'Indian grocery stores earned more profits in the last three weeks than they do during Diwali.'
NRIs describe the impact coronavirus is having on their lives.
The second in a new Rediff.com series:
- Part 1 in the series: 'Our world is coming to a complete standstill'
Paresh Gandhi, Iselin, New Jersey, USA.
Honestly, there is not a big change in an Indian-American's life in New Jersey, except fear of coronavirus.
As of now, I haven't found any news of an Indian-American death from coronavirus till the news of the passing of the famous desi chef Floyd Cardoz, who I have met and photographed when I was working for an Indian-American newspaper.
Possibly every person of Indian origin took malaria pills whenever they visited India.
Maybe this is the reason for their better immune systems.
We don't have a social life like people in India have. So a lockdown does not have that big an effect.
Many Indian Americans collected six months of groceries. People even bought fresh vegetables and kept it in their freezers.
Indian grocery stores had more sales and earned more profits in the last three weeks than they do during the Diwali festival season.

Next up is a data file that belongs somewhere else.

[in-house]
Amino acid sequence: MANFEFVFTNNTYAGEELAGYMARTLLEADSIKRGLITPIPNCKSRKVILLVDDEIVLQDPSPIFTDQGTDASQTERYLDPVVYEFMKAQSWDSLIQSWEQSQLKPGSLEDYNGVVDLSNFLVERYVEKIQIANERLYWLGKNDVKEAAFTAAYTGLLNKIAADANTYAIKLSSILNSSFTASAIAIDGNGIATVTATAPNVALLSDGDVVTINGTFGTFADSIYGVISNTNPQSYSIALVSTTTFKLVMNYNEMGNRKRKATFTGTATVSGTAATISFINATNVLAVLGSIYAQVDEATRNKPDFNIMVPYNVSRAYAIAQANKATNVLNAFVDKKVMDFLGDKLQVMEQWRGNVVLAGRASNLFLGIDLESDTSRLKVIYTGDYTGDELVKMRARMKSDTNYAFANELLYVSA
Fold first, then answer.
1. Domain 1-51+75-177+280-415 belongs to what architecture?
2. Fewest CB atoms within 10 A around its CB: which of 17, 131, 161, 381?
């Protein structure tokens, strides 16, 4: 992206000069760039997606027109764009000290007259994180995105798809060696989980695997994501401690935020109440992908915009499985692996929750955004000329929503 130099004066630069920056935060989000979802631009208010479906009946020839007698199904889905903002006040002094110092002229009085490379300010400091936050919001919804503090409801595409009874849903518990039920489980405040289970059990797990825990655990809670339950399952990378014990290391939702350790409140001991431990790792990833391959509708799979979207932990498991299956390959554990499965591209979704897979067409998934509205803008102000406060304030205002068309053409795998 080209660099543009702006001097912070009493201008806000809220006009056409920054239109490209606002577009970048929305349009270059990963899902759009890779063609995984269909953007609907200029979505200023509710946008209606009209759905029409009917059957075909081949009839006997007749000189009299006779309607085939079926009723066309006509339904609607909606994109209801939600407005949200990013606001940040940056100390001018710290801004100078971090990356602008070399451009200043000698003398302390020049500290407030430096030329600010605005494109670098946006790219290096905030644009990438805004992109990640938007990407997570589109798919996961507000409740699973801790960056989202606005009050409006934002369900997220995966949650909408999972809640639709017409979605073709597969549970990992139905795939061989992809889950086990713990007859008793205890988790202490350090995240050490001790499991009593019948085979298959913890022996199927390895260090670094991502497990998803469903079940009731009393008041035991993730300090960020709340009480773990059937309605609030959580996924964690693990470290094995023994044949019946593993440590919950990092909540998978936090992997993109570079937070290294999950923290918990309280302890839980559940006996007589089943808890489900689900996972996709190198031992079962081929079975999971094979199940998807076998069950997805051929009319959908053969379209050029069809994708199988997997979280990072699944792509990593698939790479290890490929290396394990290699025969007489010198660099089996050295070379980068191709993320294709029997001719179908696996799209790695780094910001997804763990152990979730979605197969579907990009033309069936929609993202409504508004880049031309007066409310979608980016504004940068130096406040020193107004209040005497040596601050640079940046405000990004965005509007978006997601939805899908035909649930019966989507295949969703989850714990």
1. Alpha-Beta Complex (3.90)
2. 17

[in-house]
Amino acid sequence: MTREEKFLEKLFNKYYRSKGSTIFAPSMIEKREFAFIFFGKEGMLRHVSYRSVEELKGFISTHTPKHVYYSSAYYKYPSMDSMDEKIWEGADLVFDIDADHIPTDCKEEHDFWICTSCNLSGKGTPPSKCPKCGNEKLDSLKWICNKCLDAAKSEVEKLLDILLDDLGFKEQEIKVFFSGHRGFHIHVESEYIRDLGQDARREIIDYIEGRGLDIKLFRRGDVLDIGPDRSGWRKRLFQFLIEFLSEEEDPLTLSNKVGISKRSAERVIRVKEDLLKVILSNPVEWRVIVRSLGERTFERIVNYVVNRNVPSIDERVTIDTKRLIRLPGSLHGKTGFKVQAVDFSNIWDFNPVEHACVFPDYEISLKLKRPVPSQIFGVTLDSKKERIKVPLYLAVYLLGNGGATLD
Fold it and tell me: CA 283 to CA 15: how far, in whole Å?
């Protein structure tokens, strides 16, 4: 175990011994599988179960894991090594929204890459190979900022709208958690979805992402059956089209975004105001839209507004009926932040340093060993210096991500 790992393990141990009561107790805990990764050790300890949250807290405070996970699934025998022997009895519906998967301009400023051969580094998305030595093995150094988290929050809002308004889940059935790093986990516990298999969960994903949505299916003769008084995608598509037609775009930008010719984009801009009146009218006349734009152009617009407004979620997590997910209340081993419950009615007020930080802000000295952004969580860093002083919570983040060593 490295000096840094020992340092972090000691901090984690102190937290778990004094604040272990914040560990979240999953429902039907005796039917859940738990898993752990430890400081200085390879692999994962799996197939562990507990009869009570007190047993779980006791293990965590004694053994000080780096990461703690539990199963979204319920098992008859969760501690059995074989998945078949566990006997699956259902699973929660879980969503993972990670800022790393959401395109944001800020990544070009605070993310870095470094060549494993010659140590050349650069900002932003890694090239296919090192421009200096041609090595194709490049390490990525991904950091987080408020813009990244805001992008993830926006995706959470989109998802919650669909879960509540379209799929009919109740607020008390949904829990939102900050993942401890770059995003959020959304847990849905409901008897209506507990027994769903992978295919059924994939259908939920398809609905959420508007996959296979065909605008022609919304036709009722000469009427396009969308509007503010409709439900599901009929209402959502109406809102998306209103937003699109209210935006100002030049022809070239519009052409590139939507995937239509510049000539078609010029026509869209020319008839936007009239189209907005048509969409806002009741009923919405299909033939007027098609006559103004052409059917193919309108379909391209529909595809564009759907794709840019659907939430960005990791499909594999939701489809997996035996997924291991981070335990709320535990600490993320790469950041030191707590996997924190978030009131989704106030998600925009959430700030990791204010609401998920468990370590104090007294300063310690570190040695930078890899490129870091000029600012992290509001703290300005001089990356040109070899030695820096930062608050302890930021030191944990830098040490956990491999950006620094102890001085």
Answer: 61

Most Indian Americans I know are working from home and now they have good family time.
Only some people, who are labourers, or earn hourly wages, may suffer a little until they file for unemployment.
Many people, who live illegally, may have problems if they don't have savings.
The biggest problem is for kids, because New Jersey schools are closed and they are doing distance-learning from home. Technically it's self-learning.
Every morning they have to give presentations via apps between 9 am and 10 am.
And then teachers post their homework on school websites, including tests.
Kids have to learn by themselves.
They get bored. They don't like to stay home.
Paresh Gandhi is the former chief photographer at India Abroad, the oldest Indian-American newspaper.
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